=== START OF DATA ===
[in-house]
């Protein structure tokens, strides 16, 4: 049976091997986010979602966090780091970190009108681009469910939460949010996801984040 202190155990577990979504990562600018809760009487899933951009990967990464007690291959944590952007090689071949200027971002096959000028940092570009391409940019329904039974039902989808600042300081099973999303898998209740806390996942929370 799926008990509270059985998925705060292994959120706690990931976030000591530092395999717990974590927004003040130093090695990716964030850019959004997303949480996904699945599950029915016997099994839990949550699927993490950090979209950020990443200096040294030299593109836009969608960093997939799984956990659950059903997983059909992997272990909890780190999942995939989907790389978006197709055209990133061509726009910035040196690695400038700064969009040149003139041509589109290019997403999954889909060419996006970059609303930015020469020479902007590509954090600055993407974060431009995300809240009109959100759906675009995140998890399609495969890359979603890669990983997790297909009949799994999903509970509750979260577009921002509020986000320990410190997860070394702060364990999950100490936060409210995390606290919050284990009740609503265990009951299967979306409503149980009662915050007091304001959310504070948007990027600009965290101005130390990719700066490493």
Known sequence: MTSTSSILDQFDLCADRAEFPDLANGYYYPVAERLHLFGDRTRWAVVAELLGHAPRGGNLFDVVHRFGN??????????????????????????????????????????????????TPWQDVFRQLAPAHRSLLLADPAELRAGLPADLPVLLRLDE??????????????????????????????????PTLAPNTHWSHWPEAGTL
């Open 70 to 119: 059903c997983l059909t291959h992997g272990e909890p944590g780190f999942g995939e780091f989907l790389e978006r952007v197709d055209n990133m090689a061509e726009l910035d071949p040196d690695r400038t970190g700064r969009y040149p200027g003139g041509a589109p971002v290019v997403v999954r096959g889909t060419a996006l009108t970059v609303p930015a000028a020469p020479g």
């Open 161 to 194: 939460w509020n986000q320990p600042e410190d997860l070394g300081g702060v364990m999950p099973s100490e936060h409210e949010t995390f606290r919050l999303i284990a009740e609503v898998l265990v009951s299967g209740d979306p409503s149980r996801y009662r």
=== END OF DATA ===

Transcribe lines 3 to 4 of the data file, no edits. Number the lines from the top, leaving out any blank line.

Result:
Known sequence: MTSTSSILDQFDLCADRAEFPDLANGYYYPVAERLHLFGDRTRWAVVAELLGHAPRGGNLFDVVHRFGN??????????????????????????????????????????????????TPWQDVFRQLAPAHRSLLLADPAELRAGLPADLPVLLRLDE??????????????????????????????????PTLAPNTHWSHWPEAGTL
């Open 70 to 119: 059903c997983l059909t291959h992997g272990e909890p944590g780190f999942g995939e780091f989907l790389e978006r952007v197709d055209n990133m090689a061509e726009l910035d071949p040196d690695r400038t970190g700064r969009y040149p200027g003139g041509a589109p971002v290019v997403v999954r096959g889909t060419a996006l009108t970059v609303p930015a000028a020469p020479g």